The 10-acre (four-hectare) site in Cambridgeshire was excavated by Oxford Archaeology East in preparation for a housing development by Bellway Homes.
“What makes this site really significant is we have evidence of early Saxon occupation mingled with the latest Roman remains,” said Mr Macaulay, deputy regional manager for Oxford Archaeology East.
Other finds include Saxon pottery, beads, worked antler and metalworking residues. Signs of Roman rural industry include a 15ft corn dryer and kilns, as well as Roman pottery.
According to Macaulay: “This a rare example of the Roman to Saxon transition in the east of England.”
The finds include eight roundhouses, some of which date back to about 100BC, three crouched human burials and 2,500-year-old pottery remains. There are in addition what looks like votive offerings including an equine burial.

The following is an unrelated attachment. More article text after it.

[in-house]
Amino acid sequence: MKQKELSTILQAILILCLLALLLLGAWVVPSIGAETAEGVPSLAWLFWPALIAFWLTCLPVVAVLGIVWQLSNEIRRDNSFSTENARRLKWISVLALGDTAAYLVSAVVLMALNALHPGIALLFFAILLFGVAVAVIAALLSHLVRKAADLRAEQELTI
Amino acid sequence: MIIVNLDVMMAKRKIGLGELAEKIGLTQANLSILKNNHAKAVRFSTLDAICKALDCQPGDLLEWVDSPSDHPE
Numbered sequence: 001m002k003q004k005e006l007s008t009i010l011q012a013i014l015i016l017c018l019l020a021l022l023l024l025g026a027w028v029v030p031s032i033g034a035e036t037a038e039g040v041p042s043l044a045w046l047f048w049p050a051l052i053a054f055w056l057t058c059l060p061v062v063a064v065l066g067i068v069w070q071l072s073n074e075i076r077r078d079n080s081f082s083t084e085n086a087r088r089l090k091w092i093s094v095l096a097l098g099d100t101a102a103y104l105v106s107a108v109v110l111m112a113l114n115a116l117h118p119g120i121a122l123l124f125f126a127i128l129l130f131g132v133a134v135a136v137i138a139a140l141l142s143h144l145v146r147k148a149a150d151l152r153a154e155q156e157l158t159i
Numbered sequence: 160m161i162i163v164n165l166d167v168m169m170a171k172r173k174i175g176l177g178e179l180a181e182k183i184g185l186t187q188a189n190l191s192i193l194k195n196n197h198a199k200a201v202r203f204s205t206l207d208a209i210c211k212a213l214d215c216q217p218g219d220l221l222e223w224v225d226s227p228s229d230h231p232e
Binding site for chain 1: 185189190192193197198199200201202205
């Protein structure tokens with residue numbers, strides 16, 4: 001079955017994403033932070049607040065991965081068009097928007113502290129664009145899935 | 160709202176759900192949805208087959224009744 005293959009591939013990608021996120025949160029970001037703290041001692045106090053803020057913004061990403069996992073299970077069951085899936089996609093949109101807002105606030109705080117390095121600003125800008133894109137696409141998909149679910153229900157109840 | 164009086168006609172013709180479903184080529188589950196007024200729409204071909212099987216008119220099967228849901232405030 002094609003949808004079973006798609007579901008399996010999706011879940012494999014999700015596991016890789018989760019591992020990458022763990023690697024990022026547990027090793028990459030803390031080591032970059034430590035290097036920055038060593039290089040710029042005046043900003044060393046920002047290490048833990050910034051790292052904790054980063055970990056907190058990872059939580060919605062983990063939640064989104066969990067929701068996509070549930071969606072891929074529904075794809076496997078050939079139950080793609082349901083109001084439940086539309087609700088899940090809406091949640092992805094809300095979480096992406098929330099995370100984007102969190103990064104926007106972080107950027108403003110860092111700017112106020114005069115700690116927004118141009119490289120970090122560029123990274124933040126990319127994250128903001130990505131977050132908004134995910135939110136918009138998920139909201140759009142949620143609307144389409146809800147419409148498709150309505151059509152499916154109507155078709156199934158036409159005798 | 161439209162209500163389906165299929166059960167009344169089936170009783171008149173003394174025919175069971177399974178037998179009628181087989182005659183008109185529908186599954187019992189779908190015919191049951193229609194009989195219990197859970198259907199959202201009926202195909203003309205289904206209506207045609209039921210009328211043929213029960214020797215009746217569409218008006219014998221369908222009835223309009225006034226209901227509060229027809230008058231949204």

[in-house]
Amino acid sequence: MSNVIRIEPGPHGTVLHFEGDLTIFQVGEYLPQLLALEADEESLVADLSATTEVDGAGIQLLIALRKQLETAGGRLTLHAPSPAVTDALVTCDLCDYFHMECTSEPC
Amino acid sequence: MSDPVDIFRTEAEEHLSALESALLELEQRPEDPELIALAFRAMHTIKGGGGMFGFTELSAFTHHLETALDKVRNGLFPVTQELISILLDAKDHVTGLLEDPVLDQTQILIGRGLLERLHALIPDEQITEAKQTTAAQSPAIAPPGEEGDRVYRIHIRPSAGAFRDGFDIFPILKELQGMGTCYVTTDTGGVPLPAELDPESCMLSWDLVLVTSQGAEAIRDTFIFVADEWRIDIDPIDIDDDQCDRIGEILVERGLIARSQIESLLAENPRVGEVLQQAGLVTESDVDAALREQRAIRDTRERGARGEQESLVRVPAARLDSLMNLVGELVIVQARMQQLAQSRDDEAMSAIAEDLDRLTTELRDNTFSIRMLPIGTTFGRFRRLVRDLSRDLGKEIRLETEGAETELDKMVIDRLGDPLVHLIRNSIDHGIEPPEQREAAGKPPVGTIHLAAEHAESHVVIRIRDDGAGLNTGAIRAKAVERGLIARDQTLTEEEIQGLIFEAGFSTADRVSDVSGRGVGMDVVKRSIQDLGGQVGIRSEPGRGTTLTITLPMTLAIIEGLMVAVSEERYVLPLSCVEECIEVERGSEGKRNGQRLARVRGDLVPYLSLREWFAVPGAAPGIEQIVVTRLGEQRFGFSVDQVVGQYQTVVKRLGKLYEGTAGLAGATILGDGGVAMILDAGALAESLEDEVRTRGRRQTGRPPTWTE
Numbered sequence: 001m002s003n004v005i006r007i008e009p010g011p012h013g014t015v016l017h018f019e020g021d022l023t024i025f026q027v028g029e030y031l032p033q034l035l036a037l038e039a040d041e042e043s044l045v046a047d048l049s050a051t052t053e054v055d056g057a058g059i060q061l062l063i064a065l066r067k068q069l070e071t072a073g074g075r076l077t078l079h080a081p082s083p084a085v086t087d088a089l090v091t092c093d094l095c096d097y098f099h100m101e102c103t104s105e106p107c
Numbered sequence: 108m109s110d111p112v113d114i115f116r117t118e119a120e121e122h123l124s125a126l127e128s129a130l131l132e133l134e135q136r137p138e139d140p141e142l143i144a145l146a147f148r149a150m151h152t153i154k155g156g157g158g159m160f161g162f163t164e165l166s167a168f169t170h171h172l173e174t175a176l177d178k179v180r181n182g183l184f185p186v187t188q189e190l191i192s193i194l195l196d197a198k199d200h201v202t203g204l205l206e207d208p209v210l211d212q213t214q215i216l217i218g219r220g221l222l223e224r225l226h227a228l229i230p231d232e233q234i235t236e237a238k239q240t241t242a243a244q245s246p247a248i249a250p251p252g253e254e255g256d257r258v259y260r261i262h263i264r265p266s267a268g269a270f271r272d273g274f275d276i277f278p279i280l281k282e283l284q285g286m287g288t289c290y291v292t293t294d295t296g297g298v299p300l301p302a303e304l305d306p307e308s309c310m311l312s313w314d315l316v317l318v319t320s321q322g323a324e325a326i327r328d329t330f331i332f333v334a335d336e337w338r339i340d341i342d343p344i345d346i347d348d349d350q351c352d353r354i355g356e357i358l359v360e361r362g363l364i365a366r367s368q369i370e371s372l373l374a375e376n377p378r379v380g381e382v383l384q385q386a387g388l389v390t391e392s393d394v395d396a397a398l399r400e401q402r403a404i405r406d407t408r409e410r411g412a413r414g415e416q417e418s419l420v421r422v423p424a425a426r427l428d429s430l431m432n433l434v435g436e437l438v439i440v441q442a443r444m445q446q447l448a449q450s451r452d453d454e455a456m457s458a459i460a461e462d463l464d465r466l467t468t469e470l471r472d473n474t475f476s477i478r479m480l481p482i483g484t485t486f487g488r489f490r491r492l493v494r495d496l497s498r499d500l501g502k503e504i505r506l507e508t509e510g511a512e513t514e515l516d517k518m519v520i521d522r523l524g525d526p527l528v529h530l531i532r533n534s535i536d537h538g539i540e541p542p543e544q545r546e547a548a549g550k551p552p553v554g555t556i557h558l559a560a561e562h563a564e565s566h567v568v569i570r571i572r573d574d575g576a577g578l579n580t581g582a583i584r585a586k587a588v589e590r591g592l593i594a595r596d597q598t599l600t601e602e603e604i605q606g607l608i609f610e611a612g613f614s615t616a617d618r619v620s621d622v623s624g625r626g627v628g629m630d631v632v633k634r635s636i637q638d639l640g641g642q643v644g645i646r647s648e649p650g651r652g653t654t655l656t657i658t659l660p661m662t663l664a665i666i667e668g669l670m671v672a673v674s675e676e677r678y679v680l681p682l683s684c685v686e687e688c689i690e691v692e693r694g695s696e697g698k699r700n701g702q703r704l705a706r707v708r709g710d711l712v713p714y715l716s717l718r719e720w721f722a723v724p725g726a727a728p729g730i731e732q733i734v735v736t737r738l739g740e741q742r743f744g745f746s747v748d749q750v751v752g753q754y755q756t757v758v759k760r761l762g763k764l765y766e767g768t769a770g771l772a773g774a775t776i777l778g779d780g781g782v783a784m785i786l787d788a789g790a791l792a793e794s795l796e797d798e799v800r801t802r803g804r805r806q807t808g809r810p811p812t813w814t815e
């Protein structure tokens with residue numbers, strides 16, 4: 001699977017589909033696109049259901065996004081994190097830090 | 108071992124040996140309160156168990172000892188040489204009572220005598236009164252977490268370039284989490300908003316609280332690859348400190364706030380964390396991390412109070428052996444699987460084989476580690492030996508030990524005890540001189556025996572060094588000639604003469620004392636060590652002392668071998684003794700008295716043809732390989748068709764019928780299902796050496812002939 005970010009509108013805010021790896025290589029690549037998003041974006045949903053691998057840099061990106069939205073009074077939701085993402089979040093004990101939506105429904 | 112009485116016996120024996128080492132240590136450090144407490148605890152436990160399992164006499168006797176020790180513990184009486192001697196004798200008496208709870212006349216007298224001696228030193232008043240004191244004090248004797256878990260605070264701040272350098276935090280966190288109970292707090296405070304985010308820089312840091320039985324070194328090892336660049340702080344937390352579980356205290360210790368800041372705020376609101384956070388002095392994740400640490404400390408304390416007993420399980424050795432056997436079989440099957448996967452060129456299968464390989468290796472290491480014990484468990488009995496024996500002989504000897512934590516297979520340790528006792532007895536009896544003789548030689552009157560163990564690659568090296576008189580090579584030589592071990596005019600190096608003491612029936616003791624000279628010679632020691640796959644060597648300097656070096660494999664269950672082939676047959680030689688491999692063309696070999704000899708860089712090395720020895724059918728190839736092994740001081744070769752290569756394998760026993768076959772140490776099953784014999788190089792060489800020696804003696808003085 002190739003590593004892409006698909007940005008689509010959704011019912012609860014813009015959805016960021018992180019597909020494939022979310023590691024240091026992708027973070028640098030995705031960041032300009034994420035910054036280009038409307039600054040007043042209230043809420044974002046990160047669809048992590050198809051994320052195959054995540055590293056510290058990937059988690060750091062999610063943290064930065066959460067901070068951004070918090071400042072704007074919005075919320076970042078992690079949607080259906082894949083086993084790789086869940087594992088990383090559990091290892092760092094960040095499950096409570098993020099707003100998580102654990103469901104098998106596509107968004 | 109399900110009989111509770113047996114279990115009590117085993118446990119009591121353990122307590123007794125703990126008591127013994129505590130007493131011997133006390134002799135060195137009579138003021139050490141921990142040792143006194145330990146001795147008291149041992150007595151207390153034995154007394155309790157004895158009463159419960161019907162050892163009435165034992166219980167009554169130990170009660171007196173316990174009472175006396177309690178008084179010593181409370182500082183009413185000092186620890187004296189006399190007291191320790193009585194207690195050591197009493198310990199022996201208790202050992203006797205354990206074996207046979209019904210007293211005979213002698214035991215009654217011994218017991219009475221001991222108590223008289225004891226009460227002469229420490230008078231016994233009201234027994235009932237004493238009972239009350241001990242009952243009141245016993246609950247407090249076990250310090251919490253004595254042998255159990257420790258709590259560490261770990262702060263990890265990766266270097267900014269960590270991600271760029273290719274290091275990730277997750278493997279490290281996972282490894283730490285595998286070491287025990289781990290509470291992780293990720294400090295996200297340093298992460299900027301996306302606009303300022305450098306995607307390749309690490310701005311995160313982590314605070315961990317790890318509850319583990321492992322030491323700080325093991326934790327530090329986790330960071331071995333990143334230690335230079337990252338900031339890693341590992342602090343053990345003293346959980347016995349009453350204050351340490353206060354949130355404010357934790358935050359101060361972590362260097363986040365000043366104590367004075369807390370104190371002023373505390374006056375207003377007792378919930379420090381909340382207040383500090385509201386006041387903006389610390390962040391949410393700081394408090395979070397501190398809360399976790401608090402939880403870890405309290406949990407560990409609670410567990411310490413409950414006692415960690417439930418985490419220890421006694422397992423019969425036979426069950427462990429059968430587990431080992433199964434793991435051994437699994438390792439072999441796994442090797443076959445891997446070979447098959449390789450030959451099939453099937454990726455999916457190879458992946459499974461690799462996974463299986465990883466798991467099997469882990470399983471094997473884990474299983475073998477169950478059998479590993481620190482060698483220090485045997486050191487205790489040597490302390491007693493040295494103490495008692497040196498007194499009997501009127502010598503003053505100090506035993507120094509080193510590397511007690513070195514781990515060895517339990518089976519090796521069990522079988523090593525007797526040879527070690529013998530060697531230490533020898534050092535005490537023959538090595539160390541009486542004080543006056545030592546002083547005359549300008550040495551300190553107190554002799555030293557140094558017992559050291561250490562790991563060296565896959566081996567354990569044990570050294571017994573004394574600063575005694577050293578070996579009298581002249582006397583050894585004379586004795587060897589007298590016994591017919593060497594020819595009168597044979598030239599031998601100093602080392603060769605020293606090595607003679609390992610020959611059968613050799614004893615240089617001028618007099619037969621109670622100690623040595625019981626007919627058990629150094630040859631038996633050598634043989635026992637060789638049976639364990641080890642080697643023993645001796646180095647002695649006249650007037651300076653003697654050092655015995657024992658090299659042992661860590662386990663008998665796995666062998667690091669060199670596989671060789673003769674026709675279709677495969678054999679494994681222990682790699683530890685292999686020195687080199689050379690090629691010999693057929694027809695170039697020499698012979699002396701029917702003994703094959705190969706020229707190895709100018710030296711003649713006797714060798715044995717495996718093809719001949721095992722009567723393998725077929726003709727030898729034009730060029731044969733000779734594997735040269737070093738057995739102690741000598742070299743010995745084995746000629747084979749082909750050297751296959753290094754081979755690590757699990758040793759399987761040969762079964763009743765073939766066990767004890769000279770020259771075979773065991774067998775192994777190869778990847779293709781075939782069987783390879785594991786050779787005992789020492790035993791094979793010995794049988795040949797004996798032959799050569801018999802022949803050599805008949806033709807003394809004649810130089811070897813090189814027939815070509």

Terret ring still showing enamel traces. The lines pass through the terret rings, preventing them from tangling with each other.
This burial in Pembrokeshire is the first such discovered in Wales. Mike Smith was using metal detection equipment when he discovered the chariot. Smith, beginning in February, discovered several pieces of Iron Age Celtic metalwork, including parts of a horse harness, bronze bridle fittings, and a brooch. Several of the items still had bright red enamel. After Smith informed the National Museum of Wales of his find, the Museum and Dyfed Archaeological Trust began an excavation in June. The discovery of two iron (and rusted) chariot wheels confirmed that the site was a ritual chariot burial. These burials, which typically include the chariot, the fittings, the driver, sometimes the horses, and various necessities for life in the next world, were reserved for aristocratic burials. You can see more pictures in this BBC article.